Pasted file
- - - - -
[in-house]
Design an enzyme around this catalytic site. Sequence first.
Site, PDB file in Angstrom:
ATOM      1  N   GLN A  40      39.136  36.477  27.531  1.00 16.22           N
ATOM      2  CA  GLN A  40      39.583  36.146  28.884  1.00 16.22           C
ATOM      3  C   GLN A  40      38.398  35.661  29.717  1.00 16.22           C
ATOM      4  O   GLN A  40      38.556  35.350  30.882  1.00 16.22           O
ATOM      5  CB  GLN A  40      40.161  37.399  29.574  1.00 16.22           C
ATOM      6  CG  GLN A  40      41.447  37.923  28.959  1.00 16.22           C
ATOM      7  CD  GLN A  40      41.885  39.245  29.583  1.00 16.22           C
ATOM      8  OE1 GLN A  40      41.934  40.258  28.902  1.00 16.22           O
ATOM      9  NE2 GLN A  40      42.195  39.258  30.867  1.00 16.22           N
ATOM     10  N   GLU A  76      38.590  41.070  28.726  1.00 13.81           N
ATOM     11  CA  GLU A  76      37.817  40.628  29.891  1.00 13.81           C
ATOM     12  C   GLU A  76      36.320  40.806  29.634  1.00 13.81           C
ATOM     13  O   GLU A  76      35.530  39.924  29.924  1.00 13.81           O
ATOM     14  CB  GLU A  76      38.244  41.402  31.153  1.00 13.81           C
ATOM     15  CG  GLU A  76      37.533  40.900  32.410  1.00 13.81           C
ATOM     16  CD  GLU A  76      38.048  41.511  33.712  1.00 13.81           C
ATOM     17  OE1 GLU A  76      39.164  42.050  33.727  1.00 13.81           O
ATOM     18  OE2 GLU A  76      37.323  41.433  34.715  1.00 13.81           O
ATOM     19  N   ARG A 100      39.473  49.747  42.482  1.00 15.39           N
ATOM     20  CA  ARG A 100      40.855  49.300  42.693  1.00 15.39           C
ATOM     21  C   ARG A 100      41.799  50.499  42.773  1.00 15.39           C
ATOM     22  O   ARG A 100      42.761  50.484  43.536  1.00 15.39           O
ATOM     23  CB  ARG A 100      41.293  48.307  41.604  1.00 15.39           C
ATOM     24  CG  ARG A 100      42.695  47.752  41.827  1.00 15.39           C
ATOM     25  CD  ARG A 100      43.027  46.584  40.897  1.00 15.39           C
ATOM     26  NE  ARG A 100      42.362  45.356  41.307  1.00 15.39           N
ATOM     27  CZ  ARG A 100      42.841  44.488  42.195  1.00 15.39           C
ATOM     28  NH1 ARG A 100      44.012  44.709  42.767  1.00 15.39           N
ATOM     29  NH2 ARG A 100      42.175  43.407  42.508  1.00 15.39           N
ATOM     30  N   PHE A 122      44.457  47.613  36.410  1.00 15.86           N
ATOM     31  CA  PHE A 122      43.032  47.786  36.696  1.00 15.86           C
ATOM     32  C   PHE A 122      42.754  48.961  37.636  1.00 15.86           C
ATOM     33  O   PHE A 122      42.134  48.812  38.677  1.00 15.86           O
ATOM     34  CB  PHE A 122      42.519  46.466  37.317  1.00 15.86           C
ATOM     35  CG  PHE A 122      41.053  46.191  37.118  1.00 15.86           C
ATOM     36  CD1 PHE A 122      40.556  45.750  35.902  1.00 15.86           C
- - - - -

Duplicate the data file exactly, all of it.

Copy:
[in-house]
Design an enzyme around this catalytic site. Sequence first.
Site, PDB file in Angstrom:
ATOM      1  N   GLN A  40      39.136  36.477  27.531  1.00 16.22           N
ATOM      2  CA  GLN A  40      39.583  36.146  28.884  1.00 16.22           C
ATOM      3  C   GLN A  40      38.398  35.661  29.717  1.00 16.22           C
ATOM      4  O   GLN A  40      38.556  35.350  30.882  1.00 16.22           O
ATOM      5  CB  GLN A  40      40.161  37.399  29.574  1.00 16.22           C
ATOM      6  CG  GLN A  40      41.447  37.923  28.959  1.00 16.22           C
ATOM      7  CD  GLN A  40      41.885  39.245  29.583  1.00 16.22           C
ATOM      8  OE1 GLN A  40      41.934  40.258  28.902  1.00 16.22           O
ATOM      9  NE2 GLN A  40      42.195  39.258  30.867  1.00 16.22           N
ATOM     10  N   GLU A  76      38.590  41.070  28.726  1.00 13.81           N
ATOM     11  CA  GLU A  76      37.817  40.628  29.891  1.00 13.81           C
ATOM     12  C   GLU A  76      36.320  40.806  29.634  1.00 13.81           C
ATOM     13  O   GLU A  76      35.530  39.924  29.924  1.00 13.81           O
ATOM     14  CB  GLU A  76      38.244  41.402  31.153  1.00 13.81           C
ATOM     15  CG  GLU A  76      37.533  40.900  32.410  1.00 13.81           C
ATOM     16  CD  GLU A  76      38.048  41.511  33.712  1.00 13.81           C
ATOM     17  OE1 GLU A  76      39.164  42.050  33.727  1.00 13.81           O
ATOM     18  OE2 GLU A  76      37.323  41.433  34.715  1.00 13.81           O
ATOM     19  N   ARG A 100      39.473  49.747  42.482  1.00 15.39           N
ATOM     20  CA  ARG A 100      40.855  49.300  42.693  1.00 15.39           C
ATOM     21  C   ARG A 100      41.799  50.499  42.773  1.00 15.39           C
ATOM     22  O   ARG A 100      42.761  50.484  43.536  1.00 15.39           O
ATOM     23  CB  ARG A 100      41.293  48.307  41.604  1.00 15.39           C
ATOM     24  CG  ARG A 100      42.695  47.752  41.827  1.00 15.39           C
ATOM     25  CD  ARG A 100      43.027  46.584  40.897  1.00 15.39           C
ATOM     26  NE  ARG A 100      42.362  45.356  41.307  1.00 15.39           N
ATOM     27  CZ  ARG A 100      42.841  44.488  42.195  1.00 15.39           C
ATOM     28  NH1 ARG A 100      44.012  44.709  42.767  1.00 15.39           N
ATOM     29  NH2 ARG A 100      42.175  43.407  42.508  1.00 15.39           N
ATOM     30  N   PHE A 122      44.457  47.613  36.410  1.00 15.86           N
ATOM     31  CA  PHE A 122      43.032  47.786  36.696  1.00 15.86           C
ATOM     32  C   PHE A 122      42.754  48.961  37.636  1.00 15.86           C
ATOM     33  O   PHE A 122      42.134  48.812  38.677  1.00 15.86           O
ATOM     34  CB  PHE A 122      42.519  46.466  37.317  1.00 15.86           C
ATOM     35  CG  PHE A 122      41.053  46.191  37.118  1.00 15.86           C
ATOM     36  CD1 PHE A 122      40.556  45.750  35.902  1.00 15.86           C